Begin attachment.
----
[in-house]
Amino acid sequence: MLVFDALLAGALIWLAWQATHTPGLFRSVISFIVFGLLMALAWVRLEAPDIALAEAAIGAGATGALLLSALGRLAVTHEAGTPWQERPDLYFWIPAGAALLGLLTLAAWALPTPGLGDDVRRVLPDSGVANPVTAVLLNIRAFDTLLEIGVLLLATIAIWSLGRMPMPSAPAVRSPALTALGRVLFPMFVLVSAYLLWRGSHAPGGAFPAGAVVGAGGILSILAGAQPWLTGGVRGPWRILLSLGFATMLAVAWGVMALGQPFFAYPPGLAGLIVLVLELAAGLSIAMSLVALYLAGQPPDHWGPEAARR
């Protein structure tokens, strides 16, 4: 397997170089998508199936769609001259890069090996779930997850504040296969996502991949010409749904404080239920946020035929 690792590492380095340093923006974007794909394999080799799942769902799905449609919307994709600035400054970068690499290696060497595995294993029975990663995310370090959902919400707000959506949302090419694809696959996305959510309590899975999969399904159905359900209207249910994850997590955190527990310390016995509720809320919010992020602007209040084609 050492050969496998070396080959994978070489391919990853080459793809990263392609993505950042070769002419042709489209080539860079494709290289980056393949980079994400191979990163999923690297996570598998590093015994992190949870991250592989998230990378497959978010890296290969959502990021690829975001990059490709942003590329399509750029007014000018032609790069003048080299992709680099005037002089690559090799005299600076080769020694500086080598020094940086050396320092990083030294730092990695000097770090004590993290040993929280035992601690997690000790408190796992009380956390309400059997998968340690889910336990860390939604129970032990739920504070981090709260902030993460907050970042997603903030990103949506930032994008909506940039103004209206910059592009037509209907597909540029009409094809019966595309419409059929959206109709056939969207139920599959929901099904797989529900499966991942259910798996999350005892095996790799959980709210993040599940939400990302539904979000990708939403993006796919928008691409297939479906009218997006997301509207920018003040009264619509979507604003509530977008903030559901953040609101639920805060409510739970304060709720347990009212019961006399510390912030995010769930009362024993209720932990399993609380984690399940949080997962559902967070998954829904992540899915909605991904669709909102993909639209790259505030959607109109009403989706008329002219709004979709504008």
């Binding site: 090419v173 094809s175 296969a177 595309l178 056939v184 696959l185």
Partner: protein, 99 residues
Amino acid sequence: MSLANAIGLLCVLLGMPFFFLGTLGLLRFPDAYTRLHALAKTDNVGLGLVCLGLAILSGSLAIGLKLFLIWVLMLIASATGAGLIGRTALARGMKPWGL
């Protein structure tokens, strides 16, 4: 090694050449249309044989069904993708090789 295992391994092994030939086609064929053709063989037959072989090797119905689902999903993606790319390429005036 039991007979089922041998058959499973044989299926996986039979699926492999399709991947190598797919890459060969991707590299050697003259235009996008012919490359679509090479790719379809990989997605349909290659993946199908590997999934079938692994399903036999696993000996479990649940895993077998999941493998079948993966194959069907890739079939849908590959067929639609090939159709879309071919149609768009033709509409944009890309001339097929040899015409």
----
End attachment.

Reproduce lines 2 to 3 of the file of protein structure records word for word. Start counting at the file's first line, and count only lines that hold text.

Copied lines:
Amino acid sequence: MLVFDALLAGALIWLAWQATHTPGLFRSVISFIVFGLLMALAWVRLEAPDIALAEAAIGAGATGALLLSALGRLAVTHEAGTPWQERPDLYFWIPAGAALLGLLTLAAWALPTPGLGDDVRRVLPDSGVANPVTAVLLNIRAFDTLLEIGVLLLATIAIWSLGRMPMPSAPAVRSPALTALGRVLFPMFVLVSAYLLWRGSHAPGGAFPAGAVVGAGGILSILAGAQPWLTGGVRGPWRILLSLGFATMLAVAWGVMALGQPFFAYPPGLAGLIVLVLELAAGLSIAMSLVALYLAGQPPDHWGPEAARR
């Protein structure tokens, strides 16, 4: 397997170089998508199936769609001259890069090996779930997850504040296969996502991949010409749904404080239920946020035929 690792590492380095340093923006974007794909394999080799799942769902799905449609919307994709600035400054970068690499290696060497595995294993029975990663995310370090959902919400707000959506949302090419694809696959996305959510309590899975999969399904159905359900209207249910994850997590955190527990310390016995509720809320919010992020602007209040084609 050492050969496998070396080959994978070489391919990853080459793809990263392609993505950042070769002419042709489209080539860079494709290289980056393949980079994400191979990163999923690297996570598998590093015994992190949870991250592989998230990378497959978010890296290969959502990021690829975001990059490709942003590329399509750029007014000018032609790069003048080299992709680099005037002089690559090799005299600076080769020694500086080598020094940086050396320092990083030294730092990695000097770090004590993290040993929280035992601690997690000790408190796992009380956390309400059997998968340690889910336990860390939604129970032990739920504070981090709260902030993460907050970042997603903030990103949506930032994008909506940039103004209206910059592009037509209907597909540029009409094809019966595309419409059929959206109709056939969207139920599959929901099904797989529900499966991942259910798996999350005892095996790799959980709210993040599940939400990302539904979000990708939403993006796919928008691409297939479906009218997006997301509207920018003040009264619509979507604003509530977008903030559901953040609101639920805060409510739970304060709720347990009212019961006399510390912030995010769930009362024993209720932990399993609380984690399940949080997962559902967070998954829904992540899915909605991904669709909102993909639209790259505030959607109109009403989706008329002219709004979709504008």